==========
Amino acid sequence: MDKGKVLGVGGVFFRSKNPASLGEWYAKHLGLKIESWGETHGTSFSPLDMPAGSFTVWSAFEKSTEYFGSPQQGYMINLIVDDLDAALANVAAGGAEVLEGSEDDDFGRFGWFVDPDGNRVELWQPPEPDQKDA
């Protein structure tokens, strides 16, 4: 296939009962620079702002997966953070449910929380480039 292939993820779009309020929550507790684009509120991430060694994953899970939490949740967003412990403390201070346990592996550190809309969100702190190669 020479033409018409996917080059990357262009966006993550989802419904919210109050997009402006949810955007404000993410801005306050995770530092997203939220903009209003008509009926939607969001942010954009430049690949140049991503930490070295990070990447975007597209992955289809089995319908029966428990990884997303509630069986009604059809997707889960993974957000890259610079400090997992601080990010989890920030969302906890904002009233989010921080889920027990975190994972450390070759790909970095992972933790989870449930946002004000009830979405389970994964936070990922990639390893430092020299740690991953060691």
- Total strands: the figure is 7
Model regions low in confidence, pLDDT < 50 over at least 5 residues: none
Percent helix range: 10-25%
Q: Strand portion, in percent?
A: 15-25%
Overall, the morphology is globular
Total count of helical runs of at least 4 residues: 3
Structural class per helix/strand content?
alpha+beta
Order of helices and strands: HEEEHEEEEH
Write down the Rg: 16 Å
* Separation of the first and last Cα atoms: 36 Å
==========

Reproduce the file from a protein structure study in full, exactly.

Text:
Amino acid sequence: MDKGKVLGVGGVFFRSKNPASLGEWYAKHLGLKIESWGETHGTSFSPLDMPAGSFTVWSAFEKSTEYFGSPQQGYMINLIVDDLDAALANVAAGGAEVLEGSEDDDFGRFGWFVDPDGNRVELWQPPEPDQKDA
């Protein structure tokens, strides 16, 4: 296939009962620079702002997966953070449910929380480039 292939993820779009309020929550507790684009509120991430060694994953899970939490949740967003412990403390201070346990592996550190809309969100702190190669 020479033409018409996917080059990357262009966006993550989802419904919210109050997009402006949810955007404000993410801005306050995770530092997203939220903009209003008509009926939607969001942010954009430049690949140049991503930490070295990070990447975007597209992955289809089995319908029966428990990884997303509630069986009604059809997707889960993974957000890259610079400090997992601080990010989890920030969302906890904002009233989010921080889920027990975190994972450390070759790909970095992972933790989870449930946002004000009830979405389970994964936070990922990639390893430092020299740690991953060691």
- Total strands: the figure is 7
Model regions low in confidence, pLDDT < 50 over at least 5 residues: none
Percent helix range: 10-25%
Q: Strand portion, in percent?
A: 15-25%
Overall, the morphology is globular
Total count of helical runs of at least 4 residues: 3
Structural class per helix/strand content?
alpha+beta
Order of helices and strands: HEEEHEEEEH
Write down the Rg: 16 Å
* Separation of the first and last Cα atoms: 36 Å